Nevertheless a railway gang of Medical Officers and orderlies was got together by hook and crook – seven closed goods trucks, or box vans, were commandeered and fitted up to contain eight slung stretchers each, the necessary devising and carpenter-work being done by the men of one of our Sanitary Sections. Other empty trucks were temporarily made use of, whenever available on the returning trains. A senior Medical Officer was sent to the railhead at Romani as Evacuation Control Officer. Six others were told off to act as Train M.O:s, and with them as many R.A.M.C. orderlies as could be collected. Equipment was issued, such as blankets, nursing and medical companions, medical comforts, dressings, bandages, and other emergency material. The R.A.M.C. personnel was divided into three separate train crews, each with its complete working rig-out. These crews had to stand by ready to man a train whenever a number of empty trucks could be secured. Their equipment was loaded in with them and again removed at the end of each journey when the wounded were taken off. Closed trucks only could be used during the daytime on account of the heat and distressing glare of the sun; at night open trucks were brought into use, the service being thus materially expedited.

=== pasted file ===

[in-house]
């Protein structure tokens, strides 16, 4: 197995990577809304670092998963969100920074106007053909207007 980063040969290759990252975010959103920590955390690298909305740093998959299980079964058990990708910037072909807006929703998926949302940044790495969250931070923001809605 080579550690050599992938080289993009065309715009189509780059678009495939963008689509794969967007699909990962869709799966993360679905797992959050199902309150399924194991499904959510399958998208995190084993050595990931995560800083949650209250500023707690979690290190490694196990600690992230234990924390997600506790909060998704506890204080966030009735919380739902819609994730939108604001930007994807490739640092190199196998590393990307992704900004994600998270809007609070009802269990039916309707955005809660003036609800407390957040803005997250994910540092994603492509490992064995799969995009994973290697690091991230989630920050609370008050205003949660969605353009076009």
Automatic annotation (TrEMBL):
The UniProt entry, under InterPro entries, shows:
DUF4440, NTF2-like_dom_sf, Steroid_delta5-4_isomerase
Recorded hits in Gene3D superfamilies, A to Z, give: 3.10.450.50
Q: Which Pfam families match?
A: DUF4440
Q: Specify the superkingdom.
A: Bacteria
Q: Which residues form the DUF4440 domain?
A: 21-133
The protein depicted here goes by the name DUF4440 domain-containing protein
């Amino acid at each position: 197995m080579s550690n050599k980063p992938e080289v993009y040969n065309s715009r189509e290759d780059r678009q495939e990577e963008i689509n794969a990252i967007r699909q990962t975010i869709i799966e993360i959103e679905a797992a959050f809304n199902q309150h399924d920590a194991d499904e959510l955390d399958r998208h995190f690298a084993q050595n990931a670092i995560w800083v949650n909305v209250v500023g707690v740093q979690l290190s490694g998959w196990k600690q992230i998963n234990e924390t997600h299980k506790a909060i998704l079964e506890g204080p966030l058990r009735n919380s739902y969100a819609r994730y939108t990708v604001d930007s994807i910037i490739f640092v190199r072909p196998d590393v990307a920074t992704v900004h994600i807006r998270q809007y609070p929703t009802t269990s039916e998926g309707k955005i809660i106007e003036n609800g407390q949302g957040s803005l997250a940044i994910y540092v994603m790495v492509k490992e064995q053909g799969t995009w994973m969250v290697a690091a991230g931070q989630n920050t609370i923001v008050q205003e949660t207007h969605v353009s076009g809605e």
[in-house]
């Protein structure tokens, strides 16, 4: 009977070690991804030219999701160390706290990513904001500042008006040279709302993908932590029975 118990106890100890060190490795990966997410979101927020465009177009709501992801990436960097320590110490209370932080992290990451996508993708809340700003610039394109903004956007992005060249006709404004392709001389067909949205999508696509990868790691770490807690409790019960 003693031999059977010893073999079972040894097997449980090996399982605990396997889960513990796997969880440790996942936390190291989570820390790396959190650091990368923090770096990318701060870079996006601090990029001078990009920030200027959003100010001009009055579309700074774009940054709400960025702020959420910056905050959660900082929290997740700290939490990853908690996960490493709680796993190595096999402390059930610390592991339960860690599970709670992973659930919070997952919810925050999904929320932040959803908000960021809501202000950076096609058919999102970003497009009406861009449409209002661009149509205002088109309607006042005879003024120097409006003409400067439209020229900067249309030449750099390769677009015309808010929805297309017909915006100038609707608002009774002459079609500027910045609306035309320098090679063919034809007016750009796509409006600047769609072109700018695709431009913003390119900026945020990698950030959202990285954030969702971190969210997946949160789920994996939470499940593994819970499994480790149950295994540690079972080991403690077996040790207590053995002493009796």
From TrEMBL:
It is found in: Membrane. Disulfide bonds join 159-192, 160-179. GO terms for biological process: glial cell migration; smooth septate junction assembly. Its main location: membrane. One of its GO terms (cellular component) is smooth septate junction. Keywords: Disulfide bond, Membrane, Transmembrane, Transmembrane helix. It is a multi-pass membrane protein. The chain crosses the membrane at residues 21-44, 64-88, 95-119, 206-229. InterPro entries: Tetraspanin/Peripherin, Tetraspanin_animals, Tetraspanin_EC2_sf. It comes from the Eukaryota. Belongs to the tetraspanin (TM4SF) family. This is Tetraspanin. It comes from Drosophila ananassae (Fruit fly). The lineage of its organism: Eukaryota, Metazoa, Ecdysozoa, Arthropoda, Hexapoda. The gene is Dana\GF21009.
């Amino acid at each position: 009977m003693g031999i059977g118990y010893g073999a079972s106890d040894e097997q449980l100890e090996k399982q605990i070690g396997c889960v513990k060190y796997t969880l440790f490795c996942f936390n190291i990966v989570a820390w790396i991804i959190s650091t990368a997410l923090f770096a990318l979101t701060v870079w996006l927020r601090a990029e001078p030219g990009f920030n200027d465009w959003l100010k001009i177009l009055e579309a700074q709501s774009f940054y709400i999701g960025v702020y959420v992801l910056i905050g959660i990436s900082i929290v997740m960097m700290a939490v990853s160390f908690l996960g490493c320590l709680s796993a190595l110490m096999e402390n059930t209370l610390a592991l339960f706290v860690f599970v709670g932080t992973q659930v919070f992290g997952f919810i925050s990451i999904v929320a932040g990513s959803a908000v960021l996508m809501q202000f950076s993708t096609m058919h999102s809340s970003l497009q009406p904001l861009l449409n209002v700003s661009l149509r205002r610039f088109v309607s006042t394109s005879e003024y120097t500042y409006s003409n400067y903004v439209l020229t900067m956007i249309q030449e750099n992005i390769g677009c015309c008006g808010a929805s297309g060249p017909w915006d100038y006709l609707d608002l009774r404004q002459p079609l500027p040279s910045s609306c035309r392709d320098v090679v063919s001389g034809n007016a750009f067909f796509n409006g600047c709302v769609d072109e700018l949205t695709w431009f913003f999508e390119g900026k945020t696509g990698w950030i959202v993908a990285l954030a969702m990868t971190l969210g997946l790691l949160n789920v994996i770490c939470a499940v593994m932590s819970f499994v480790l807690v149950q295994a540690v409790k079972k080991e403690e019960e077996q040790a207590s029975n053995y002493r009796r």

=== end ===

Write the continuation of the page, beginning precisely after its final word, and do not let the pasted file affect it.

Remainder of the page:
But the conveyance of the wounded by these means was attended by innumerable difficulties. The trains, to which the ambulance trucks were attached, were subject to unending delays and side-trackings to allow the crowded down-trains to pass on the single line. The frequent stoppages and shunting operations, and the jolts and jars due to loose couplings or hastily laid metals was the cause of appalling discomfort, even downright torture, to the patients, many of whom were very seriously injured. The work of the orderlies in charge of the wounded was also greatly hampered owing to the fact that it was impossible to pass from truck to truck except when the train was at a standstill. But in spite of all deterrents, the work went ceaselessly on day and night, none thinking of rest or sleep until the last stretcher with the last helpless man was safely delivered at the Base. Here again notable work was done. The Romani wounded were all taken to one Casualty Clearing Station whose staff proved themselves beyond all praise in their devotion to duty. The work thus suddenly thrown upon them, however, was beyond human possibility, and the assistance of both officers and men of neighbouring medical units was called in, and promptly rendered. It should be mentioned here that not only our own wounded but several hundred wounded Turkish prisoners, were brought down to Kantara at this time. These latter were dealt with at the Egyptian Hospital which was commanded by an R.A.M.C. officer and partly staffed by the Corps.